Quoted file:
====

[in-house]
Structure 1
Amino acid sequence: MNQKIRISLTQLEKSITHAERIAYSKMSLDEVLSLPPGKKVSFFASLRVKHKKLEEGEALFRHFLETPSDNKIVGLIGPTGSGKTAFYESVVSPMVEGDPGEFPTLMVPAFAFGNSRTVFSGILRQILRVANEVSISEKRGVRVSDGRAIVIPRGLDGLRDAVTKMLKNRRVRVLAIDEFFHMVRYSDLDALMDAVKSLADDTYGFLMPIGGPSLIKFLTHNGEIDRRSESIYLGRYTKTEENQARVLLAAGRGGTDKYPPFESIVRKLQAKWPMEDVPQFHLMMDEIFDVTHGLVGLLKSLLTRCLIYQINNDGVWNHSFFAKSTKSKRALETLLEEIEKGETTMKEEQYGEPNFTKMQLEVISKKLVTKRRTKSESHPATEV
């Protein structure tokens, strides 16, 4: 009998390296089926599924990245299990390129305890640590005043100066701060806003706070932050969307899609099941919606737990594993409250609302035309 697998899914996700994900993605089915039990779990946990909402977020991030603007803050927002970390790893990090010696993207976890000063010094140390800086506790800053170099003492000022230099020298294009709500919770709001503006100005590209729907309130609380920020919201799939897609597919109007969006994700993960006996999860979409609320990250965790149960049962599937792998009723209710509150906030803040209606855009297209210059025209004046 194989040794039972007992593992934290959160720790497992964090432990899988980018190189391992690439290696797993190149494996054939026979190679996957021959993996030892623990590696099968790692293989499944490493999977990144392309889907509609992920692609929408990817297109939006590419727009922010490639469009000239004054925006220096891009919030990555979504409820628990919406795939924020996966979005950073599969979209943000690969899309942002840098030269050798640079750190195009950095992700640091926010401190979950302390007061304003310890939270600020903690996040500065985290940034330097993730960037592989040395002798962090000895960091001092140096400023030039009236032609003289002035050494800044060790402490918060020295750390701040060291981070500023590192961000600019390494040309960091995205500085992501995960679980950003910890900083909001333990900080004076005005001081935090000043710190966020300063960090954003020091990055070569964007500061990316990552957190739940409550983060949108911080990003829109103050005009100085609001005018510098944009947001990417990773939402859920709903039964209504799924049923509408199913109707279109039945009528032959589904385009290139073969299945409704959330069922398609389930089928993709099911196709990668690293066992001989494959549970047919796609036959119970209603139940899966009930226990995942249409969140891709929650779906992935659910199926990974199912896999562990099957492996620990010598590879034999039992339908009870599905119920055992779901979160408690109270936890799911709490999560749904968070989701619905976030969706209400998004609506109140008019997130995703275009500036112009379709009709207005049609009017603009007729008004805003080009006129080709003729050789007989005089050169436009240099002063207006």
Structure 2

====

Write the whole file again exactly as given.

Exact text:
[in-house]
Structure 1
Amino acid sequence: MNQKIRISLTQLEKSITHAERIAYSKMSLDEVLSLPPGKKVSFFASLRVKHKKLEEGEALFRHFLETPSDNKIVGLIGPTGSGKTAFYESVVSPMVEGDPGEFPTLMVPAFAFGNSRTVFSGILRQILRVANEVSISEKRGVRVSDGRAIVIPRGLDGLRDAVTKMLKNRRVRVLAIDEFFHMVRYSDLDALMDAVKSLADDTYGFLMPIGGPSLIKFLTHNGEIDRRSESIYLGRYTKTEENQARVLLAAGRGGTDKYPPFESIVRKLQAKWPMEDVPQFHLMMDEIFDVTHGLVGLLKSLLTRCLIYQINNDGVWNHSFFAKSTKSKRALETLLEEIEKGETTMKEEQYGEPNFTKMQLEVISKKLVTKRRTKSESHPATEV
């Protein structure tokens, strides 16, 4: 009998390296089926599924990245299990390129305890640590005043100066701060806003706070932050969307899609099941919606737990594993409250609302035309 697998899914996700994900993605089915039990779990946990909402977020991030603007803050927002970390790893990090010696993207976890000063010094140390800086506790800053170099003492000022230099020298294009709500919770709001503006100005590209729907309130609380920020919201799939897609597919109007969006994700993960006996999860979409609320990250965790149960049962599937792998009723209710509150906030803040209606855009297209210059025209004046 194989040794039972007992593992934290959160720790497992964090432990899988980018190189391992690439290696797993190149494996054939026979190679996957021959993996030892623990590696099968790692293989499944490493999977990144392309889907509609992920692609929408990817297109939006590419727009922010490639469009000239004054925006220096891009919030990555979504409820628990919406795939924020996966979005950073599969979209943000690969899309942002840098030269050798640079750190195009950095992700640091926010401190979950302390007061304003310890939270600020903690996040500065985290940034330097993730960037592989040395002798962090000895960091001092140096400023030039009236032609003289002035050494800044060790402490918060020295750390701040060291981070500023590192961000600019390494040309960091995205500085992501995960679980950003910890900083909001333990900080004076005005001081935090000043710190966020300063960090954003020091990055070569964007500061990316990552957190739940409550983060949108911080990003829109103050005009100085609001005018510098944009947001990417990773939402859920709903039964209504799924049923509408199913109707279109039945009528032959589904385009290139073969299945409704959330069922398609389930089928993709099911196709990668690293066992001989494959549970047919796609036959119970209603139940899966009930226990995942249409969140891709929650779906992935659910199926990974199912896999562990099957492996620990010598590879034999039992339908009870599905119920055992779901979160408690109270936890799911709490999560749904968070989701619905976030969706209400998004609506109140008019997130995703275009500036112009379709009709207005049609009017603009007729008004805003080009006129080709003729050789007989005089050169436009240099002063207006």
Structure 2